Previous article‘George Kimball touched the hearts of his Southill family’ – Fr Joe YoungNext articleFor the love of ‘Sausages’ admin This dish is light but packed full of flavour and the light asparagus puree acts as a sauce to compliment the fish and rich potatoes.What you needGreat quality new potatoes, seasoning and butter, seabass fillets, rock salt, asparagus, tomatoes and a dash of sherry vinegar, olive oil and balsamic vinegar. Sign up for the weekly Limerick Post newsletter Sign Up What to doSteam the new potatoes and crush them with a fork when cooked and add seasoning and a knob of butter. Meantime slow cook the tomatoes, seasoning, oil and both vinegars in a pot until the reduce to a pulp. Cook asparagus to done and puree then pass through fine sieve. Pan fry the seasoned seabass fillets and serve on top of crushed new potatoes with puree and reduced tomatoes. Twitter NewsCrispy seabass with crushed new potatoes and asparagus pureeBy admin – August 18, 2011 614 Email Linkedin WhatsApp Advertisement Facebook Print
Notre Dame students don’t need to use their passports to experience foreign cultures this week, as they can soak in global traditions and customs during International Festival Week. McKenna Pencak, assistant director for education and outreach for International Student Services and Activities (ISSA), said the Festival features a variety of cultures from around the world. The events began last Saturday and continues through this Sunday. “Basically it’s just a week to celebrate international students and the international student community, as well as the entire Notre Dame community and everyone that has different backgrounds and cultural heritages,” she said. Pencak said International Festival Week began as a cultural celebration and performance and is now a celebration of the University’s international community. “We have over 900 international students from about 90 countries, and this is a week to celebrate a variety of cultural heritages as well as our multicultural students,” she said. “Also, it’s great because it’s not only ISSA, it’s a collaboration with other departments and organizations on campus. We work to make sure everyone is included and that as many countries and cultures are represented as possible.” The week’s primary event, the International Festival, has been held for over 40 years and originally was the event’s only activity, Pencak said. The Festival, which will be held today from 6 to 8 p.m. in the LaFortune Student Center Ballroom, will feature performances from students and campus cultural organizations, as well as international desserts. Pencak said the performances will include a Bollywood dance, a Chinese song and a Japanese tea ceremony. There also will be activity tables and a question and answer session. The Week also features an International Children’s Festival, Pencak said. “That is basically a children’s version of the International Festival, and it’s free, and we work with University Village, the married student housing,” she said. “We’re going to be doing international arts and crafts.” Fischer O’Hara Grace Graduate Residences are usually active in International Festival Week because of the University’s high number of international graduate students, Pencak said. “They are hosting a great event with [associate professor of painting and drawing] Fr. Martin Nguyen on Friday,” she said. “There’s going to be dinner and dessert and then everyone’s going to go to Holy Cross annex to tour Fr. Martin Nguyen’s [art] studio.” Pencak said overall student participation for the International Festival Week is typically high. “It’s really fun because it’s a way for international and national students to get together and celebrate different cultures and celebrate where they’re from,” she said. “It’s really neat to see everyone participating and talking about his or her home countries and cultures and cultural heritages.”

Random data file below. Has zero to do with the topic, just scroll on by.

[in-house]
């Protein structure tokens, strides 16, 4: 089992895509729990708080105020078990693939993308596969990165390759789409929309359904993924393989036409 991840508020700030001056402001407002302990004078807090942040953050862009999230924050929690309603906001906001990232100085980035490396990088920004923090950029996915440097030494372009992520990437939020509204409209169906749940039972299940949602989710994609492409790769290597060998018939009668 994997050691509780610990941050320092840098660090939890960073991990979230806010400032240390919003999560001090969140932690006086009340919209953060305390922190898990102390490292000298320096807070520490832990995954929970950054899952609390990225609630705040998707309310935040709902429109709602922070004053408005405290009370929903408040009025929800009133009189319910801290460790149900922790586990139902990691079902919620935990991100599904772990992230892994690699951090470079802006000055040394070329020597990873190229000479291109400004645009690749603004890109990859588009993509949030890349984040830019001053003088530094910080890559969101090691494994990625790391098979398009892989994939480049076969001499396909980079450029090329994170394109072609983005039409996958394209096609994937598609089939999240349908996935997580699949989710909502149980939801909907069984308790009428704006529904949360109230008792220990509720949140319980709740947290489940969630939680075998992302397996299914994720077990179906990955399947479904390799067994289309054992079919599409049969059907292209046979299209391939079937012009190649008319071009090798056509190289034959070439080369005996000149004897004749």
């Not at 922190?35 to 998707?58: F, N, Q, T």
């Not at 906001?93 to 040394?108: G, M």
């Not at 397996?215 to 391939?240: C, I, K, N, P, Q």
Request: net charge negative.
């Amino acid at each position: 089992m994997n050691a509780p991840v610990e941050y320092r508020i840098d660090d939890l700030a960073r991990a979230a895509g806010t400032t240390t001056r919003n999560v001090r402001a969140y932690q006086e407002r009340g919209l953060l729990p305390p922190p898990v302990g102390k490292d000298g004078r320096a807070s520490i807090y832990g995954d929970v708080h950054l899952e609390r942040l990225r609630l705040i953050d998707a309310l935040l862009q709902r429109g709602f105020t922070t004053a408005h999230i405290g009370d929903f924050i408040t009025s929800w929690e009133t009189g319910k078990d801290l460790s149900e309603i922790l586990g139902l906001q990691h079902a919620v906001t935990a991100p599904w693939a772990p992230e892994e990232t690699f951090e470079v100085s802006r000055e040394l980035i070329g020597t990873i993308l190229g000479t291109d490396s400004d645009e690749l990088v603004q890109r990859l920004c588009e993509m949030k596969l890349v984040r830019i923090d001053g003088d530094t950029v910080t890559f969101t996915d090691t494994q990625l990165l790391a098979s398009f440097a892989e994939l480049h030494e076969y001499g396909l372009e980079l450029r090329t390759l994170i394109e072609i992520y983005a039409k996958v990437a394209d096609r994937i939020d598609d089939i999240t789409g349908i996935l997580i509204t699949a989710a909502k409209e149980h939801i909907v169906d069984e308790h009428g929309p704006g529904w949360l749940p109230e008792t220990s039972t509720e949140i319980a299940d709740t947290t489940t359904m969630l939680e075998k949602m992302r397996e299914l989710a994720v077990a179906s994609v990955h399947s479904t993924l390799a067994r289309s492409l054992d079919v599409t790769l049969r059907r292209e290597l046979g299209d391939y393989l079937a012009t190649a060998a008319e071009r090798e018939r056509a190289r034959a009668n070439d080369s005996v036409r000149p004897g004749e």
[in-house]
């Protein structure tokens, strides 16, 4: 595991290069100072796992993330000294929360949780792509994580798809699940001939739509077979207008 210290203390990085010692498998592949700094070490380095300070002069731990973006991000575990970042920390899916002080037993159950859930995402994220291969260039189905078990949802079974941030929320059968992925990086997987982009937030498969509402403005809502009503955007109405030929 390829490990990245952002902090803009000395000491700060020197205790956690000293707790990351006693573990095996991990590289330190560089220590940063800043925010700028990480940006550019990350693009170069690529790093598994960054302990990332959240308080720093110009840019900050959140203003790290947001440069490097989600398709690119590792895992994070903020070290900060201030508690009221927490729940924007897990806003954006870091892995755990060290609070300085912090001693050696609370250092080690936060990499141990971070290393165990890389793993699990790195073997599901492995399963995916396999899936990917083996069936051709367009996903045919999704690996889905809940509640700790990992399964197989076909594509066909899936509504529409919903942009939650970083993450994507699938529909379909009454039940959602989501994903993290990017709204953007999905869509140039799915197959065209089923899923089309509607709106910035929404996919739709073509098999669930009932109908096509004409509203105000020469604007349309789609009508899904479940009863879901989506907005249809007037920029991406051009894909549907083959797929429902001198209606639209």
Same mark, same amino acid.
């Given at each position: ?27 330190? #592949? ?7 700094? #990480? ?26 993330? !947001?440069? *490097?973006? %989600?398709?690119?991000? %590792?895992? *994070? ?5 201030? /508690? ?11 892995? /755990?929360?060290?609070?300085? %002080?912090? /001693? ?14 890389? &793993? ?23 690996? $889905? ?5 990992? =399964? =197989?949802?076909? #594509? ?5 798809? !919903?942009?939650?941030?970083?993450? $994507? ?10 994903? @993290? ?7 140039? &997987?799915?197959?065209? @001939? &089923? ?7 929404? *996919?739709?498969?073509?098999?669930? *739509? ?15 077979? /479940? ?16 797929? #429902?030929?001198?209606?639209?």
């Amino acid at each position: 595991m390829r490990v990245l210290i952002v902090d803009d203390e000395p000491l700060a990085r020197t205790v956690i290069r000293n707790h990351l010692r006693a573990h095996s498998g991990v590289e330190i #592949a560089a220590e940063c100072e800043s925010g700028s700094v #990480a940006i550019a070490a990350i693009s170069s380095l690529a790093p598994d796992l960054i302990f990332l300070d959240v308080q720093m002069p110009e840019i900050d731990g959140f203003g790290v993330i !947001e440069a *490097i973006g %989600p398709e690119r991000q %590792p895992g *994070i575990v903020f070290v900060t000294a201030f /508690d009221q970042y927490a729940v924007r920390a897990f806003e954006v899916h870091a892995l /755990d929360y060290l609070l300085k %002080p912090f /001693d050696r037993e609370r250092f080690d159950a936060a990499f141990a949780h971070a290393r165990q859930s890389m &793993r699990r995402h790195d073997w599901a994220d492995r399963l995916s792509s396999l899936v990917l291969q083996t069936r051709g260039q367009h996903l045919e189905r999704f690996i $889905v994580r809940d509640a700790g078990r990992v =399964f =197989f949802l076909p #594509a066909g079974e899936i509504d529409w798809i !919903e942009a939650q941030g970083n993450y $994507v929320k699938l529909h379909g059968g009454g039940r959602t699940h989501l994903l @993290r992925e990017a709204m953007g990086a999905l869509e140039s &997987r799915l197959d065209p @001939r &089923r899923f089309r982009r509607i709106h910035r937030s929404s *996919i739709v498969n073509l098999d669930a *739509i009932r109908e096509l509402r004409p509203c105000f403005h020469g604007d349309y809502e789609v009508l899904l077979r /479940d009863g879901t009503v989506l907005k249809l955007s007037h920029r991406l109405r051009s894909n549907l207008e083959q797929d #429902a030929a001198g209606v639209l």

View Comments Lin-Manuel Miranda Once you’re in the Mickey Mouse Club, you’re in it for life. After writing songs for Disney’s Moana and appearing in the upcoming Mary Poppins sequel, Lin-Manuel Miranda will team up with certified Disney legend Alan Menken. The two will pen tunes (and adapt some familiar ones) for a new live action take on The Little Mermaid, according to Deadline.Menken won two Oscars for his work on the 1989 animated classic: Best Score and Best Original Song for “Under the Sea,” which he co-wrote with the late Howard Ashman. The two were also nominated for “Kiss the Girl.”The Little Mermaid has had a significant impact on Miranda’s life and career; the Hamilton creator credits the film as part of the reason why he and his wife Vanessa named their son Sebastian. He’s also been known to tweet Little Mermaid/Drake mashups.Marc Platt will produce the project alongside Miranda. No word yet on when the new film will hit the big screen, but in the meantime, we’ll at least be able to catch Miranda’s tunes in Moana, premiering on November 23, as well as plenty of Broadway favorites in Disney’s live action Beauty and the Beast next year. Star Files Lin-Manuel Miranda & Alan Menken(Photo: Bruce Glikas)